- When Mario Draghi addresses reporters on Thursday, he’ll probably repeat that returning inflation to target relies on the European Central Bank’s pledge to add at least another 270 billion euros ($330 billion) in stimulus. Yet he’ll also be pushed after the January policy meeting to address the strength of the euro and to give more insight into when his institution will shift away from crisis-era measures. The euro-area economy is expanding at the fastest pace in a decade, drawing both praise from global elites gathering this week in Davos, Switzerland, as well as calls to signal that years of bond-buying and negative interest rates will soon end.
- While Saudi Arabia tries to wean its economy off crude, the nation’s flagship company is devising new ways to make money from the fuel. Saudi Aramco, the world’s biggest oil exporter, is investing in developing more efficient gasoline-powered engines and testing new methods of turning a barrel of crude directly into petrochemicals. The goal: To prolong the global demand for petroleum for decades to come by making engines and chemicals more cost-effective, even as electric vehicles and alternative sources of energy nibble away at crude’s market share.
- The U.S. warned Turkey to tread carefully in northwest Syria, as officials from both countries cautioned that the situation had grown dangerously combustible and threatened to ignite a direct showdown between their forces. Any miscalculation by Turkish forces fighting a U.S.-backed Kurdish militia in Syria could result in “grave consequences,” U.S. Homeland Security Adviser Tom Bossert told reporters Thursday at the World Economic Forum in Davos, Switzerland. Just hours earlier, President Donald Trump had warned more openly of a potential showdown between the NATO allies’ troops, and a chief aide to Turkish President Recep Tayyip Erdogan echoed that sentiment.
- The last time U.S. drillers pumped 10 million barrels of crude a day, Richard Nixon was in the White House. The first oil crisis hadn’t yet scared Americans into buying Toyotas, and fracking was an experimental technique a handful of engineers were trying, with meager success, to popularize. It was 1970, and oil sold for $1.80 a barrel. Almost five decades later, with oil hovering near $65 a barrel, daily U.S. crude output is about to hit the eight-digit mark again. It’s a significant milestone on the way to fulfilling a dream that a generation ago seemed far-fetched: By the end of the year, the U.S. may well be the world’s biggest oil producer. With that, America takes a big step toward energy independence.
- Fiat Chrysler Automobile NV posted fourth-quarter operating profit that missed analysts’ estimates on a declining U.S. car market, while affirming a 2018 earnings target that would cap a turnaround under outgoing Chief Executive Officer Sergio Marchionne. Fourth-quarter adjusted earnings before interest and taxes rose 22 percent to 1.89 billion euros ($2.35 billion), the Italian-American manufacturer said Thursday in a statement. Analysts were expecting 2.01 billion euros, according to the average of estimates compiled by Bloomberg.
- Apple Inc. is ready to take on Amazon.com Inc. in the digital book market again, years after regulators forced the iPhone maker to back down from an earlier effort to challenge the e-commerce giant’s lead. Apple is working on a redesigned version of its iBooks e-book reading application for iPhones and iPads and has hired an executive from Amazon to help.
- Twitter Inc. is working on a new Snapchat-style feature that makes it easier to post videos on the social-media company’s app, according to people familiar with the matter, aiming to attract more users and cement a nascent turnaround. The San Francisco-based company has a working demo of the camera-centered product, according to people who have seen it, but the design hasn’t been finalized, nor has the timing of its debut. The tool could change significantly over the next several months, they said, asking not to be identified because the product hasn’t been publicly disclosed. The goal of the new feature is to entice people to share video clips of what’s happening around them. Twitter declined to comment.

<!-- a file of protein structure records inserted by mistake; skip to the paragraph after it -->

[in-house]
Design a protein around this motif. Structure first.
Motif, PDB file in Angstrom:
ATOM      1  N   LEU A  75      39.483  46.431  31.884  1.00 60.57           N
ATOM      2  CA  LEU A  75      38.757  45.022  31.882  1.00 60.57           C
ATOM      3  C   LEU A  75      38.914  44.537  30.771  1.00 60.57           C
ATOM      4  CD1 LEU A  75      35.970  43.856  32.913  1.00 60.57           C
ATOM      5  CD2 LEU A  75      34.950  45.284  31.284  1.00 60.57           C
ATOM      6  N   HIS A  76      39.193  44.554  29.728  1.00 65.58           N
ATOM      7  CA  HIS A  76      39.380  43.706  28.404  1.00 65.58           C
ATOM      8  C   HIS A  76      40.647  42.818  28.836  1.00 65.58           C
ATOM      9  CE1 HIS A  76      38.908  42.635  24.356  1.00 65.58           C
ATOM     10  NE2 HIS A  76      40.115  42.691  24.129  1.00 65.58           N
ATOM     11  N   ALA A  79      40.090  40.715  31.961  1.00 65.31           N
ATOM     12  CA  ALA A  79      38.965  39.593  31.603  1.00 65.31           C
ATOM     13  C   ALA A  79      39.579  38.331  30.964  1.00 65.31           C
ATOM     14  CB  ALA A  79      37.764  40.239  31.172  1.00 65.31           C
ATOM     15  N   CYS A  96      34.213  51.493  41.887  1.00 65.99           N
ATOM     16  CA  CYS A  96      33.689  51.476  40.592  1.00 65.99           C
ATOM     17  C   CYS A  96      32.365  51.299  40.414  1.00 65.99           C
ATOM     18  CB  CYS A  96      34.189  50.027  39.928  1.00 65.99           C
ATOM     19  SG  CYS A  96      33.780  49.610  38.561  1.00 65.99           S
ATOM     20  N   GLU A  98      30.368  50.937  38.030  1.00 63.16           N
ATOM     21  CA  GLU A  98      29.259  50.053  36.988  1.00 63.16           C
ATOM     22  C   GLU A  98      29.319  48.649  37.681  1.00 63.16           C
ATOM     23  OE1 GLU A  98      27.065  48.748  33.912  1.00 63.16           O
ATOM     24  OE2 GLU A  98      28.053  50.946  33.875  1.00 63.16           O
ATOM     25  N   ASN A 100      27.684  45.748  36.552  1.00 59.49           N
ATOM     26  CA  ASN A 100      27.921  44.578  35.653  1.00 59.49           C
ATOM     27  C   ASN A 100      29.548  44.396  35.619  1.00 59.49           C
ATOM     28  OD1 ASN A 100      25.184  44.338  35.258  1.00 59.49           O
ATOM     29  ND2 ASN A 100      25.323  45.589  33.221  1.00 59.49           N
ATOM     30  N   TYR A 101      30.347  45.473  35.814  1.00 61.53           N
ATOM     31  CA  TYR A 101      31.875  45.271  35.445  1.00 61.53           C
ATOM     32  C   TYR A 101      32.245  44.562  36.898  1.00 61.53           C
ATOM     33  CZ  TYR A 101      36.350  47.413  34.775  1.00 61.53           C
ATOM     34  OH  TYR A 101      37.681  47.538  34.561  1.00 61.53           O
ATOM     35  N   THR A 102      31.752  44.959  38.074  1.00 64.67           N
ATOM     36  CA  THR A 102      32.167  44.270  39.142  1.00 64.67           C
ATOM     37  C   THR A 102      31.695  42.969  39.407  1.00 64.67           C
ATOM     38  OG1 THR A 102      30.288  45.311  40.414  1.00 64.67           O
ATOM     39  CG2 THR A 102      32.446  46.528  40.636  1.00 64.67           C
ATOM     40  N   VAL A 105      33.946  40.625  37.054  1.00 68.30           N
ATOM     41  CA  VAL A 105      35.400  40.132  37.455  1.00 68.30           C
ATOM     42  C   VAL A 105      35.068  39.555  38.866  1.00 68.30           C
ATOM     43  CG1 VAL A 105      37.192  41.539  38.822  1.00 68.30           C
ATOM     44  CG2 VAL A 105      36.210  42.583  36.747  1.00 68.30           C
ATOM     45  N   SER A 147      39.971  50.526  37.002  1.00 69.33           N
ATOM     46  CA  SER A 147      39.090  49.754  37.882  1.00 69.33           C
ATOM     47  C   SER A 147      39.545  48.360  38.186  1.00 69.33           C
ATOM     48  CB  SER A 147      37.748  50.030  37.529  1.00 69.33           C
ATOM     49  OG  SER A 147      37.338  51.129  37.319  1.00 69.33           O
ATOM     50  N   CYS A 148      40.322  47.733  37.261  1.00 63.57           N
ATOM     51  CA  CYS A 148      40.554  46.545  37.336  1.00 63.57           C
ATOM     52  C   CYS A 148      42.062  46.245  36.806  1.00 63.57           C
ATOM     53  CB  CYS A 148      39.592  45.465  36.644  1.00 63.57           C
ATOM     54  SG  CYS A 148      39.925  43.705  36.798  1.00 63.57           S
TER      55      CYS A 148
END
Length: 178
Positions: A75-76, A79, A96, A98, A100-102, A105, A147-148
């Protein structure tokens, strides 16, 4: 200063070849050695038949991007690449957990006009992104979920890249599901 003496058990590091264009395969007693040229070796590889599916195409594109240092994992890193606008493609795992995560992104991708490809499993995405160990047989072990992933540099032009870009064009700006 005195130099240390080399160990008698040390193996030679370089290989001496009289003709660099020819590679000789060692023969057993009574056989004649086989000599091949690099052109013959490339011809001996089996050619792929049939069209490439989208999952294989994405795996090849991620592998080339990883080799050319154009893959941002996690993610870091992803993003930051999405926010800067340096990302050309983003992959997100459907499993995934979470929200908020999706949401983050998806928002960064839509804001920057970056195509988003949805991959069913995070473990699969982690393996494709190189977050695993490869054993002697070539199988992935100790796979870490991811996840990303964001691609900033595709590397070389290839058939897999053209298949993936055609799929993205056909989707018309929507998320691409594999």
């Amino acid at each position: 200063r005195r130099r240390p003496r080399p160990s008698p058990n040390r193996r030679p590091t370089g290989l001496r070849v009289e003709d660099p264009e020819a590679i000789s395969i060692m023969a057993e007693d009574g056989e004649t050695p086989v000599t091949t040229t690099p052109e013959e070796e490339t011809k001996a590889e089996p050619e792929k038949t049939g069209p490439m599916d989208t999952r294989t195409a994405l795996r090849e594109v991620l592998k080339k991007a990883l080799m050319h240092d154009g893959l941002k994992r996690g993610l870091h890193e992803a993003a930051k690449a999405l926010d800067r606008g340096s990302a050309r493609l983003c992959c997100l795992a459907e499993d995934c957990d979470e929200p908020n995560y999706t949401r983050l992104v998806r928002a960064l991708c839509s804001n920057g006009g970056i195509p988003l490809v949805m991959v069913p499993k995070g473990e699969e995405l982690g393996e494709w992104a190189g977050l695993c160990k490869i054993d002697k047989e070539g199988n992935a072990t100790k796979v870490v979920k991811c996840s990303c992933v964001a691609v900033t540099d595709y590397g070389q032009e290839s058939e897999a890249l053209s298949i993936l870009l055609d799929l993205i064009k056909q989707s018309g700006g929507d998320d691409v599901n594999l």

- Opponents of the new corporate tax cuts were right. Many companies didn’t pay the full rate before the law passed — so they won’t see splashy reductions in 2018, according to their own estimates. The law signed Dec. 22 by President Donald Trump lowered corporate taxes 14 percentage points, to 21 percent from 35 percent. The 24 S&P 500 companies that have shared 2018 guidance with investors are projecting an average savings of 5 percentage points.
- Siemens AG is planning the sale of its mechanical drive unit Flender GmbH this year as part of Chief Executive Officer Joe Kaeser’s efforts to streamline Europe’s biggest engineering company, according to people familiar with the matter. The Bocholt, Germany-based business has attracted interest from potential acquirers including some Chinese companies and buyout firms, said the people, who asked not to be identified because the information is private. Flender could fetch more than 1 billion euros ($1.2 billion), one of the people said. A formal sales process could start later this year, they said.
- A management consortium backed by TPG Capital has bid for a fiber telecommunications network controlled by India’s Tata Group, people with knowledge of the matter said. The suitors offered at least $1 billion for the fiber assets and related businesses owned by the Indian conglomerate’s Tata Teleservices Ltd. unit, according to the people, who asked not to be identified because the information is private. The consortium is led by Mukund Rajan, the head of international operations for Tata Group’s holding company, they said.
- Money managers in the Middle East are confident the sale of government-owned Saudi Arabian Oil Co. this year will shake up the global stock market with a record initial public offering that gives the world’s biggest company a valuation of about $1.5 trillion.
- U.S. college endowments gained 12.2 percent on average in fiscal 2017, the best performance in three years, according to an industry survey. The performance for the year ended June 30 marks a turnaround from a year earlier, when the average endowment incurred a loss, according to the survey released Thursday by National Association of College and University Business Officers and money manager Commonfund. The S&P 500 Index returned 18 percent in fiscal 2017, outpacing the 1.6 percent gain for the Wilshire Bond Index.
*All sources from Bloomberg unless otherwise specified